Scotter Lab


Dr. Emma Scotter, PhD. Senior Lecturer (and the team), School of Biological Sciences, and Centre for Brain Research, Faculty of Science, University of Auckland

Current Research

Dr. Scotter heads the Motor Neuron Disease Lab at the Centre for Brain Research. Her team is focused on understanding the relationship between the deposition of protein aggregates and the death and dysfunction of various brain cells. In particular they are investigating cells of the blood-brain barrier in MND, which show impaired function that contributes to motor neuron damage. The team works with participants and with tissues, including:

  • Volunteers who are unaffected by neurological disease or are living with MND
  • Fixed or fresh human brain and spinal tissue
  • Brain cells grown from post mortem human brain and spinal cord tissue
  • DNA/ RNA/ proteins extracted from blood, cells, and tissues

Scotter Lab uses a range of methodology reflecting their diverse model systems:

  • Magnetic resonance imaging
  • Genomics: DNA sequencing, in situ hybridisation
  • Transcriptomics: Microarray, qRT-PCR
  • Proteomics: Immunohistochemistry, western blotting, immunocytochemistry

Relationship to MND

MND is Dr. Scotter’s primary research focus.

Future Research

Establishing a national MND genomics platform- potential collaborators are welcome to contact Dr. Scotter.


Dr. Scotter collaborates widely nationally and internationally on MND studies. Within the Centre for Brain Research she works with Professors Mike Dragunow and Richard Faull and Associate Professor Maurice Curtis. Dr. Scotter is on the Steering Committee for the NZ MND patient registry driven by Dr. Richard Roxburgh. She also co-leads a national MND genetic screening study with Dr. Richard Roxburgh, collaborating with Canterbury Health Laboratories, Professor Naomi Wray, University of Queensland, and Christopher Shaw, King’s College London.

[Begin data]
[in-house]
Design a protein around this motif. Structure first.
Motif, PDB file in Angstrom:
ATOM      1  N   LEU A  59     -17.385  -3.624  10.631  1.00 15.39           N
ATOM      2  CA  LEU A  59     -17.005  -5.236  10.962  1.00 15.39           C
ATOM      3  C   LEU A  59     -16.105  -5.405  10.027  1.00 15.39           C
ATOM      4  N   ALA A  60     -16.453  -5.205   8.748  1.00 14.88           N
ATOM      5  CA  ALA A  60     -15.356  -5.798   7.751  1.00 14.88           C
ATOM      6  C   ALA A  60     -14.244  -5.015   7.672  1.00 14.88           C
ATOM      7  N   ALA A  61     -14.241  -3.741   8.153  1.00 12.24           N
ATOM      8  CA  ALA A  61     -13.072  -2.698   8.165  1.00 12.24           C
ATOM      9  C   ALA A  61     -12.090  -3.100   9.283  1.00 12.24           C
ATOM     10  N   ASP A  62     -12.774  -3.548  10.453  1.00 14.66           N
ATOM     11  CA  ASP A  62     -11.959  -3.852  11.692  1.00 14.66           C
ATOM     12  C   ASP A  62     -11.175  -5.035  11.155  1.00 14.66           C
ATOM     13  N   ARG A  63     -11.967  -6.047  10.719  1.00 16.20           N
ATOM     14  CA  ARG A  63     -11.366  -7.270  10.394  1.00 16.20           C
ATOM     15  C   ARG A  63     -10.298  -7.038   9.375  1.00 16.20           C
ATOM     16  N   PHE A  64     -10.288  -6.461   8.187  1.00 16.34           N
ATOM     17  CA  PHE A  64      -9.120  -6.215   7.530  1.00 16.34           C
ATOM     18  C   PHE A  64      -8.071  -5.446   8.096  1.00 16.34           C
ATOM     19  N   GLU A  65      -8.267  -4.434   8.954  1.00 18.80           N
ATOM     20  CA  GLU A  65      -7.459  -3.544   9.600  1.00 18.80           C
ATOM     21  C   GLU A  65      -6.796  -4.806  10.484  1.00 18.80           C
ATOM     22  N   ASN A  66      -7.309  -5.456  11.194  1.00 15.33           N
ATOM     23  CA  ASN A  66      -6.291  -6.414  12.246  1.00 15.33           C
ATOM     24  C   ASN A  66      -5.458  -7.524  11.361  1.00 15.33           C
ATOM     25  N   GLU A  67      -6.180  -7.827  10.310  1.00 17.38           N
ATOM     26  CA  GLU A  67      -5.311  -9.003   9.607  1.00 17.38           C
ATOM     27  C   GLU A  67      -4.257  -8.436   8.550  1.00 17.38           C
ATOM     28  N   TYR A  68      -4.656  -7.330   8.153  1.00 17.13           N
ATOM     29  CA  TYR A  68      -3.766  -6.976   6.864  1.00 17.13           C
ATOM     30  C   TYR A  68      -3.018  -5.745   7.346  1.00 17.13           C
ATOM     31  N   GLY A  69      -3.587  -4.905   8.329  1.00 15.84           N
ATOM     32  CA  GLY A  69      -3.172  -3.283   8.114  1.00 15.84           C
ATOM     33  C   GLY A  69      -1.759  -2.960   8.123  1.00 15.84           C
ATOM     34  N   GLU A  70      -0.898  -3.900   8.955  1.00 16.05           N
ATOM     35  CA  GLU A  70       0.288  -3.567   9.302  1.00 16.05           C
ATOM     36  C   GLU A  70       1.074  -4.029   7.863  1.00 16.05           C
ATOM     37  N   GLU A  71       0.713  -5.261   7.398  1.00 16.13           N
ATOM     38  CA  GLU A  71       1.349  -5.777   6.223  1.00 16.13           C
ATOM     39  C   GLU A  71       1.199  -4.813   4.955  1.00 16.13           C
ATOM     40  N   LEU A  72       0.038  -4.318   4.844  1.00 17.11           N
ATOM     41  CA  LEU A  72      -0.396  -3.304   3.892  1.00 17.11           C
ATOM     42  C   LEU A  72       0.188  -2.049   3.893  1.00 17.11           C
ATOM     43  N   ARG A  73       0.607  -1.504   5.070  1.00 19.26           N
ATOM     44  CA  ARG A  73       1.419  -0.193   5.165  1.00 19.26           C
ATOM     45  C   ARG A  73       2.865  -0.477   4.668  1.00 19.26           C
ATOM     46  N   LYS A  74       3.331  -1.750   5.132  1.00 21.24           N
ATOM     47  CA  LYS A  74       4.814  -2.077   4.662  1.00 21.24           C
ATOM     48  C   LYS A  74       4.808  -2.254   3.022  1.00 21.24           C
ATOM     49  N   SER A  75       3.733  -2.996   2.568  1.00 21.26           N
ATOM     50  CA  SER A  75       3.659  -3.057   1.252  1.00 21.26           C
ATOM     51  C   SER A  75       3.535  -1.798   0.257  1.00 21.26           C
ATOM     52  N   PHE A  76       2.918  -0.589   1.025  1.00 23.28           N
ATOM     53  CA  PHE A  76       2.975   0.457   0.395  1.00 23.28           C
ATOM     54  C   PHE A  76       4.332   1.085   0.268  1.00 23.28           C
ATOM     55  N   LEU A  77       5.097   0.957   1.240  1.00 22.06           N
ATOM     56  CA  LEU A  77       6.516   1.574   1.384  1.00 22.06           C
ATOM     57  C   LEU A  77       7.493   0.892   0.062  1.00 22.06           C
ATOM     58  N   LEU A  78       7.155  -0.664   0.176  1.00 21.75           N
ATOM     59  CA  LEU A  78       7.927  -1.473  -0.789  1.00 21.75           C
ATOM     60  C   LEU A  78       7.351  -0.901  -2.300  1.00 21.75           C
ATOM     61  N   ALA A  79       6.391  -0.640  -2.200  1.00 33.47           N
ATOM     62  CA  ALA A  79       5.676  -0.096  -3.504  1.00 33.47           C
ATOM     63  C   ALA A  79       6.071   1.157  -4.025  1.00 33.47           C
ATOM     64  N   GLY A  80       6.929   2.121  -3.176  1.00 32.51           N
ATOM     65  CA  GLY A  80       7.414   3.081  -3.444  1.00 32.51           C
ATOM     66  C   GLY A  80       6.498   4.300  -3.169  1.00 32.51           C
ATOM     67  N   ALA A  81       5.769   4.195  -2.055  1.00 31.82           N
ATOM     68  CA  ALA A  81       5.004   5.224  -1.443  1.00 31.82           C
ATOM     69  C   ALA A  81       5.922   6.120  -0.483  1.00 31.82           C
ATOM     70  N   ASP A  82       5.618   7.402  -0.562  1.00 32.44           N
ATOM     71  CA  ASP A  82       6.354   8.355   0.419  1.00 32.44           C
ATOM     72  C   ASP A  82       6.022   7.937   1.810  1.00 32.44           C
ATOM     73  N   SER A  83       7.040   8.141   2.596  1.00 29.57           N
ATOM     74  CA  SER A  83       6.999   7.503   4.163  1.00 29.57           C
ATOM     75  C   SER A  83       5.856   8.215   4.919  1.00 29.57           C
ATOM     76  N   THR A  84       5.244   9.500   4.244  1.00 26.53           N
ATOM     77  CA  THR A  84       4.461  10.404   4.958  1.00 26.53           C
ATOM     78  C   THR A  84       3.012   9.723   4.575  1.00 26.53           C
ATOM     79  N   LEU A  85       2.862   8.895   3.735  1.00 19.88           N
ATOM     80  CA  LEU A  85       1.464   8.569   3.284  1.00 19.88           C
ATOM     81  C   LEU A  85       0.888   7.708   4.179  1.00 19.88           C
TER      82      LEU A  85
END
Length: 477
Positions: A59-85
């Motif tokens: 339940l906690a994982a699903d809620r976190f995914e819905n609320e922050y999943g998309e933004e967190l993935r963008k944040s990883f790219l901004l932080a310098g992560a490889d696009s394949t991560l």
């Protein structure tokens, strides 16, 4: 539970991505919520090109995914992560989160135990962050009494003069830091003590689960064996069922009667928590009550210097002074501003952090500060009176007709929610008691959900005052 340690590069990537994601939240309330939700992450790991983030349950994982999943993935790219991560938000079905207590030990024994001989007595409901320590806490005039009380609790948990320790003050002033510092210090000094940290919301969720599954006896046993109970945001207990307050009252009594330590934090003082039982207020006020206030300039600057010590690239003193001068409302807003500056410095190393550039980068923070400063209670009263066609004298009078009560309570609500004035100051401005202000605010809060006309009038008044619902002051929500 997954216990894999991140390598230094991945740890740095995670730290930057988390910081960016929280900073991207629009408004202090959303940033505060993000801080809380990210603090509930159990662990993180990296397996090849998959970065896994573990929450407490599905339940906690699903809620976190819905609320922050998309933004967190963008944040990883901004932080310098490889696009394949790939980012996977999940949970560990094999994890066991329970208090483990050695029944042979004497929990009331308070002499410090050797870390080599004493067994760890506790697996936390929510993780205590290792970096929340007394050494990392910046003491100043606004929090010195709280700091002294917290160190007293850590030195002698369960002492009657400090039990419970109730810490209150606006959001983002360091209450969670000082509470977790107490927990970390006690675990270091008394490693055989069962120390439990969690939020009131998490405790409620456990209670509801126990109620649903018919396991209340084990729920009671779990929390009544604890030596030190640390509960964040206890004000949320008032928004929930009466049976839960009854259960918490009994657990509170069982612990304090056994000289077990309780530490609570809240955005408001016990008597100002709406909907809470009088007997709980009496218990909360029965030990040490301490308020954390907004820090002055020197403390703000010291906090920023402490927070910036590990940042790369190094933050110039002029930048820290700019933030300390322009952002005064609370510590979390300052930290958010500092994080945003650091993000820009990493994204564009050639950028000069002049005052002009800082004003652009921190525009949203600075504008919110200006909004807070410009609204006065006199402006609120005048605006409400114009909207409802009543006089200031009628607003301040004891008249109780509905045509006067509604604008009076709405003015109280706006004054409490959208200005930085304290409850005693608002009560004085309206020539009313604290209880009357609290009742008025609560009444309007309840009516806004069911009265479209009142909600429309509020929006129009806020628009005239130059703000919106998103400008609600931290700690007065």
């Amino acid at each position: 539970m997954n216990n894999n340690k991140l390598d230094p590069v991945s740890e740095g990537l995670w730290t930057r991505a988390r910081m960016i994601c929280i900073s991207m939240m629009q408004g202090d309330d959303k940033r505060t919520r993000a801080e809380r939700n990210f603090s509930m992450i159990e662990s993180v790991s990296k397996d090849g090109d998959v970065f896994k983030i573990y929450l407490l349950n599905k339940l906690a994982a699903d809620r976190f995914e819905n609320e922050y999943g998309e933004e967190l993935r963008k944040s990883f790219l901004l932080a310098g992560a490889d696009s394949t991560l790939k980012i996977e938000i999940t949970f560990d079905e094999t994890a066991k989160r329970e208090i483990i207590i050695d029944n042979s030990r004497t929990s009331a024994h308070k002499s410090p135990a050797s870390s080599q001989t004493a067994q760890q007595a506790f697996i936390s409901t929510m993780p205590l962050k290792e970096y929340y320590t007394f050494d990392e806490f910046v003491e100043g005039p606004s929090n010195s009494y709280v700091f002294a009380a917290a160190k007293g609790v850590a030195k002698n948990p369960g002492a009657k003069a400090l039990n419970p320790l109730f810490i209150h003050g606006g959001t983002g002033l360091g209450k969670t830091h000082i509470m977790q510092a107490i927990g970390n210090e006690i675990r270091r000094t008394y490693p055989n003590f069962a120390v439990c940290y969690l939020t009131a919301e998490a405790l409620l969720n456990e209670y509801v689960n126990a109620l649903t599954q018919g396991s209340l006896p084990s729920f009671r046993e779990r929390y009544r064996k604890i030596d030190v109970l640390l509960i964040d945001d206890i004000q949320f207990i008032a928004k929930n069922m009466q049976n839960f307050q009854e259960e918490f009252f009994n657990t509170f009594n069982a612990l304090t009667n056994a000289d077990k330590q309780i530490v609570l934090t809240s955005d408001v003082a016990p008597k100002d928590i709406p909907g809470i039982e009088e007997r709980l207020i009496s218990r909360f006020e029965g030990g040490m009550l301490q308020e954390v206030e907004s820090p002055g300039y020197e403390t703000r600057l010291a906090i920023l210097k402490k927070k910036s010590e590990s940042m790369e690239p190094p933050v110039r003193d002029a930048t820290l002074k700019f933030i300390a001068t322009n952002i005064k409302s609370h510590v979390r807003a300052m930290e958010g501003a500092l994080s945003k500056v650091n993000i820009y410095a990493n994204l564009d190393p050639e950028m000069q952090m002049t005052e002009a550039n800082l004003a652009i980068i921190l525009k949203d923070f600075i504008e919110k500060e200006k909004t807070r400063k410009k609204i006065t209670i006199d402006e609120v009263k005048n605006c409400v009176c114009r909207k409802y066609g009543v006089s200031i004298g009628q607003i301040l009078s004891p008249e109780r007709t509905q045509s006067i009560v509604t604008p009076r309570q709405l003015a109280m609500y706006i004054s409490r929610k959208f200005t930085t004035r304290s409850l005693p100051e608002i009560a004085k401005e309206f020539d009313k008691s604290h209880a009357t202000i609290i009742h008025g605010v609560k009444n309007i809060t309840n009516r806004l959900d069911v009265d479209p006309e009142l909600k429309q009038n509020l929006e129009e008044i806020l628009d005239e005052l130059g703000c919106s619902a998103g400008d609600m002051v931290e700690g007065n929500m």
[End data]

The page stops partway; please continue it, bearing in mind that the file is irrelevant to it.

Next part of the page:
Scotter Lab works with banked human MND brain samples collected by the NZ Neurological Foundation Human Brain Bank. They also work with human MND brain cells grown by the Hugh Green BioBank and with human MND skin cells which they collect from study participants and grow.

Identified Gaps

Dr Scotter: “Personnel. Funding for postgraduate and postdoctoral researchers specifically in MND research is required to build capacity in MND research in NZ. Connections between NZ researchers with any MND research interest are also essential if we are to characterise MND here at home”.

The Team

Dr. Siobhan Kirk, Technician
Research support and coordination of NZ MND Genetics Study

Dr. Molly Swanson, Postdoctoral fellow
Identifying Spatiotemporal Microglial Changes in Amyotrophic Lateral Sclerosis

Charlotte Dunne, PhD Candidate
TDP-43, the ‘smoking gun’ in motor neuron disease: Disposal, uptake and neuroinflammation in pericytes

Serey Naidoo, PhD Candidate
The neglected role of the blood-brain-barrier and the meninges in Motor Neuron Disease

Maize Cao, PhD Candidate
The Role of Motor Neuron Disease Protein TDP-43 in Human Brain Pericytes and Microglia

Kyrah Thumbadoo, PhD Candidate
The role of X-inactivation in the phenotypic expression of the X-linked Motor Neuron Disease gene UBQLN2

Miran Mrkela, PhD Candidate
The Genetics of Motor Neuron Disease in New Zealand

Laura Nementzik, Honours Student
Neuropathology of UBQLN2-linked Motor Neuron Disease gene

Serene Kim, Honours Student 

Dympna Mulroy, Manager of the New Zealand Motor Neuron Disease Research Network

Recent Publications

Blood-spinal cord barrier leakage is independent of motor neuron pathology in ALS

Waters, S., Swanson, M. E., Dieriks, B. V., Zhang, Y. B., Grimsey, N. L., Murray, H. C., … & Scotter, E. (2021). Blood-spinal cord barrier leakage is independent of motor neuron pathology in ALS. Acta neuropathologica communications, 9(1), 1-17.

Contact Details

3A Symonds Street,
Private Bag 92019
Auckland New Zealand
p: +64 9 3737599 (ext. 81350) +64 9 923 1350 (Direct dial)

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